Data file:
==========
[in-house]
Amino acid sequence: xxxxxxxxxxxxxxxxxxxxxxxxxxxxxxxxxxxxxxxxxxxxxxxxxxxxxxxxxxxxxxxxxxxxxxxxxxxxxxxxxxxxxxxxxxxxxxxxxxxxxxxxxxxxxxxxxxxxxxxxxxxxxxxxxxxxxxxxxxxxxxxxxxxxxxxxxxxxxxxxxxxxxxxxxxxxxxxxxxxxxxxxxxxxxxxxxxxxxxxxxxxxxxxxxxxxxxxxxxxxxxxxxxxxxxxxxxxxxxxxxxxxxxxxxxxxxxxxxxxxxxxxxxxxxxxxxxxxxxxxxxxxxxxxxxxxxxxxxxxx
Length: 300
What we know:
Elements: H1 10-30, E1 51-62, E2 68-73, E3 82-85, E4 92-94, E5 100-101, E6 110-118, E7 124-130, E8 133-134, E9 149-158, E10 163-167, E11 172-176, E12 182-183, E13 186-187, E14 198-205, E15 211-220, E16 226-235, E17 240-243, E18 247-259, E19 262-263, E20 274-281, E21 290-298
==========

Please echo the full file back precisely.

[in-house]
Amino acid sequence: xxxxxxxxxxxxxxxxxxxxxxxxxxxxxxxxxxxxxxxxxxxxxxxxxxxxxxxxxxxxxxxxxxxxxxxxxxxxxxxxxxxxxxxxxxxxxxxxxxxxxxxxxxxxxxxxxxxxxxxxxxxxxxxxxxxxxxxxxxxxxxxxxxxxxxxxxxxxxxxxxxxxxxxxxxxxxxxxxxxxxxxxxxxxxxxxxxxxxxxxxxxxxxxxxxxxxxxxxxxxxxxxxxxxxxxxxxxxxxxxxxxxxxxxxxxxxxxxxxxxxxxxxxxxxxxxxxxxxxxxxxxxxxxxxxxxxxxxxxxx
Length: 300
What we know:
Elements: H1 10-30, E1 51-62, E2 68-73, E3 82-85, E4 92-94, E5 100-101, E6 110-118, E7 124-130, E8 133-134, E9 149-158, E10 163-167, E11 172-176, E12 182-183, E13 186-187, E14 198-205, E15 211-220, E16 226-235, E17 240-243, E18 247-259, E19 262-263, E20 274-281, E21 290-298